Imagine how much money we’d all save by sharing the costs of vehicle ownership, including repayments, servicing, insurance, rego, etc. It all adds up, as does the CO2.

Shared EV ownership through a strata scheme like our Ecovillage clusters could be very simple. Therefore, my advice to many Ecovillage residents has been to wait until you’ve moved in, and then let’s start exploring how much each home is using their vehicle. Maybe each home with two combustion engine vehicles could sell one and invest jointly in a share EV? Believe me, if you do this it won’t be long before you sell the remaining combustion engine vehicle, as EVs are just so much more user friendly and affordable to run. Shared ownership of EVs within clusters, through their strata bodies, would be as simple as a shared calendar that residents use to book the vehicle.

An exciting offer we’re soon to provide our Ecovillage residents is the use, possibly via Uber Share (we’re exploring the best online booking options at present) of a brand-new Peugeot e-2008 GT, which is an all-electric, small SUV. It’s a great car to drive and has a 320km range (urban). One of our very generous ex-pat Ecovillage buyers has left the vehicle with us and has given me approval to use it in this way, to enable our residents to experience driving an EV and to help them consider the potential of their cluster owning one (or more in due course) for shared use. It will be available for pick up and drop off at the WEV office and can be charged at any of the EV chargers that are soon to be turned on in the Ecovillage. A notice about the new Peugeot EV will be sent out to Ecovillage residents after the Christmas break.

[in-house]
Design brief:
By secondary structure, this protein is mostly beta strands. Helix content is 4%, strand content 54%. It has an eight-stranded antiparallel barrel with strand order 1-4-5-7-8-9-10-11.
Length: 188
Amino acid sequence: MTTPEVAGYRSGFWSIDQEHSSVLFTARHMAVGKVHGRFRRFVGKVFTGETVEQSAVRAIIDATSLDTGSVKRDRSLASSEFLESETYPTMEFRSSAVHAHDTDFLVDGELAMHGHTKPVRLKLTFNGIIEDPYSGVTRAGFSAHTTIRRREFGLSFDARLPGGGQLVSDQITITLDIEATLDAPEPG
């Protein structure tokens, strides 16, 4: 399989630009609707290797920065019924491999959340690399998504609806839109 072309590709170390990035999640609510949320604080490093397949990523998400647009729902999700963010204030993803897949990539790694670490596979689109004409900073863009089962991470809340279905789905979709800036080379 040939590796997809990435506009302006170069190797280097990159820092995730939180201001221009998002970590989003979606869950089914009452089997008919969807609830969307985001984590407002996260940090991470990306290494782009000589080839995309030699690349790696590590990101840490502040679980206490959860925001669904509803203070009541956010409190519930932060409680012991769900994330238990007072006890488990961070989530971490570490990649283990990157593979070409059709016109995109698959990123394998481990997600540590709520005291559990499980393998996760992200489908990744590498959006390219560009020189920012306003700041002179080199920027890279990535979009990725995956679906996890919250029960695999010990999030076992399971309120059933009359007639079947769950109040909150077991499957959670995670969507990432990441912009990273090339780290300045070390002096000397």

As we designed the micro-grids and batteries in each cluster to ultimately be deprecated via income from their EV chargers (each with Charge-Fox tap and go facility), in time I’m expecting income from this infrastructure to not only offset strata levies, but to also provide additional income to each strata that could ultimately be used for things like leasing shared EVs, to further reduce our living costs and carbon footprint.

With Australia now in EV catch-up mode with other progressive countries, I’m very hopeful that it won’t be long before our Ecovillage resident’s strata costs are being offset by EV driving tourists that would like to fill their batteries from our 100% renewable energy chargers to get home to Perth. I’m also hopeful that through more affordable shared ownership structures, it won’t be long before Ecovillage residents are not only living in CO2 negative homes, but also significantly reducing our CO2 footprint with private and community owned EVs. 

Oh, and please don’t believe all of the negative misinformation about EVs, as it’s complete nonsense! Misinformation about range anxiety, and the lies about fuel excise paying for our roads, and lithium mining creating the equivalent CO2 emissions for EVs as petrol/diesel emissions over the life of the vehicle, as they are completely untrue statements. Probably spin given to politicians by the fuel lobby!